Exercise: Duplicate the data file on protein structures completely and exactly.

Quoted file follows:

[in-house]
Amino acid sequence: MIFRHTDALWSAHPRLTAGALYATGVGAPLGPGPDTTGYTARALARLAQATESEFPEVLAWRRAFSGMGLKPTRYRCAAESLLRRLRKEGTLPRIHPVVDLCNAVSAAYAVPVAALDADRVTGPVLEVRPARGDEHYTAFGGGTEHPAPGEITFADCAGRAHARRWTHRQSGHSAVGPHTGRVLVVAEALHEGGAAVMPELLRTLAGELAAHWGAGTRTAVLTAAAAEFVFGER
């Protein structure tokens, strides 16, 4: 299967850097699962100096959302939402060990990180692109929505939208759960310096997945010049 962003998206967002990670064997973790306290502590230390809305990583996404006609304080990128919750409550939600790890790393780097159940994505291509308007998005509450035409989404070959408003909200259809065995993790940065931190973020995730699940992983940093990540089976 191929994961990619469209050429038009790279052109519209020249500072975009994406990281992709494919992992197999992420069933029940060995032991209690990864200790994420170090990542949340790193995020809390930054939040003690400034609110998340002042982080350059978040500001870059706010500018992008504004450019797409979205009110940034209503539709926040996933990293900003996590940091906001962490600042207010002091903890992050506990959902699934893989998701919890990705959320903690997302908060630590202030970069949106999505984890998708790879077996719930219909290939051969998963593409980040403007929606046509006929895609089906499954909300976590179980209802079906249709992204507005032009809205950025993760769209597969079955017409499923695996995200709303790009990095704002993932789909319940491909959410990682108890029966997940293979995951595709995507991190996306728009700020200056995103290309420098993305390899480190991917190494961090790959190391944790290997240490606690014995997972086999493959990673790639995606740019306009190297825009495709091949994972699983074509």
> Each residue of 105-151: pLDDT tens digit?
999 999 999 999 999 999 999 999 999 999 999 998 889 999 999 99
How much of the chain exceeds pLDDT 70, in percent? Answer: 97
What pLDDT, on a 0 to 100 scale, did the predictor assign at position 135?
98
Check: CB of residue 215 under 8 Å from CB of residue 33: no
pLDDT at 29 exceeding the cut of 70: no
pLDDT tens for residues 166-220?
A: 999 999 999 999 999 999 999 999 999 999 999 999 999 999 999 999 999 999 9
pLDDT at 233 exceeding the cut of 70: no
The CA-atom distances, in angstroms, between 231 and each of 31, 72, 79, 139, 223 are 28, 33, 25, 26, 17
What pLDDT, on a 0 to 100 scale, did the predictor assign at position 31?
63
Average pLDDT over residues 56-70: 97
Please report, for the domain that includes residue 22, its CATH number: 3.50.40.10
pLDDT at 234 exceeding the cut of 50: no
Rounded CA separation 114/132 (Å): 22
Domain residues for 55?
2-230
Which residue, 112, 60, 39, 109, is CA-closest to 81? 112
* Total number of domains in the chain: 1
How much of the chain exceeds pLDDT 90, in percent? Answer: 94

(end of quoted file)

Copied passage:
[in-house]
Amino acid sequence: MIFRHTDALWSAHPRLTAGALYATGVGAPLGPGPDTTGYTARALARLAQATESEFPEVLAWRRAFSGMGLKPTRYRCAAESLLRRLRKEGTLPRIHPVVDLCNAVSAAYAVPVAALDADRVTGPVLEVRPARGDEHYTAFGGGTEHPAPGEITFADCAGRAHARRWTHRQSGHSAVGPHTGRVLVVAEALHEGGAAVMPELLRTLAGELAAHWGAGTRTAVLTAAAAEFVFGER
């Protein structure tokens, strides 16, 4: 299967850097699962100096959302939402060990990180692109929505939208759960310096997945010049 962003998206967002990670064997973790306290502590230390809305990583996404006609304080990128919750409550939600790890790393780097159940994505291509308007998005509450035409989404070959408003909200259809065995993790940065931190973020995730699940992983940093990540089976 191929994961990619469209050429038009790279052109519209020249500072975009994406990281992709494919992992197999992420069933029940060995032991209690990864200790994420170090990542949340790193995020809390930054939040003690400034609110998340002042982080350059978040500001870059706010500018992008504004450019797409979205009110940034209503539709926040996933990293900003996590940091906001962490600042207010002091903890992050506990959902699934893989998701919890990705959320903690997302908060630590202030970069949106999505984890998708790879077996719930219909290939051969998963593409980040403007929606046509006929895609089906499954909300976590179980209802079906249709992204507005032009809205950025993760769209597969079955017409499923695996995200709303790009990095704002993932789909319940491909959410990682108890029966997940293979995951595709995507991190996306728009700020200056995103290309420098993305390899480190991917190494961090790959190391944790290997240490606690014995997972086999493959990673790639995606740019306009190297825009495709091949994972699983074509």
> Each residue of 105-151: pLDDT tens digit?
999 999 999 999 999 999 999 999 999 999 999 998 889 999 999 99
How much of the chain exceeds pLDDT 70, in percent? Answer: 97
What pLDDT, on a 0 to 100 scale, did the predictor assign at position 135?
98
Check: CB of residue 215 under 8 Å from CB of residue 33: no
pLDDT at 29 exceeding the cut of 70: no
pLDDT tens for residues 166-220?
A: 999 999 999 999 999 999 999 999 999 999 999 999 999 999 999 999 999 999 9
pLDDT at 233 exceeding the cut of 70: no
The CA-atom distances, in angstroms, between 231 and each of 31, 72, 79, 139, 223 are 28, 33, 25, 26, 17
What pLDDT, on a 0 to 100 scale, did the predictor assign at position 31?
63
Average pLDDT over residues 56-70: 97
Please report, for the domain that includes residue 22, its CATH number: 3.50.40.10
pLDDT at 234 exceeding the cut of 50: no
Rounded CA separation 114/132 (Å): 22
Domain residues for 55?
2-230
Which residue, 112, 60, 39, 109, is CA-closest to 81? 112
* Total number of domains in the chain: 1
How much of the chain exceeds pLDDT 90, in percent? Answer: 94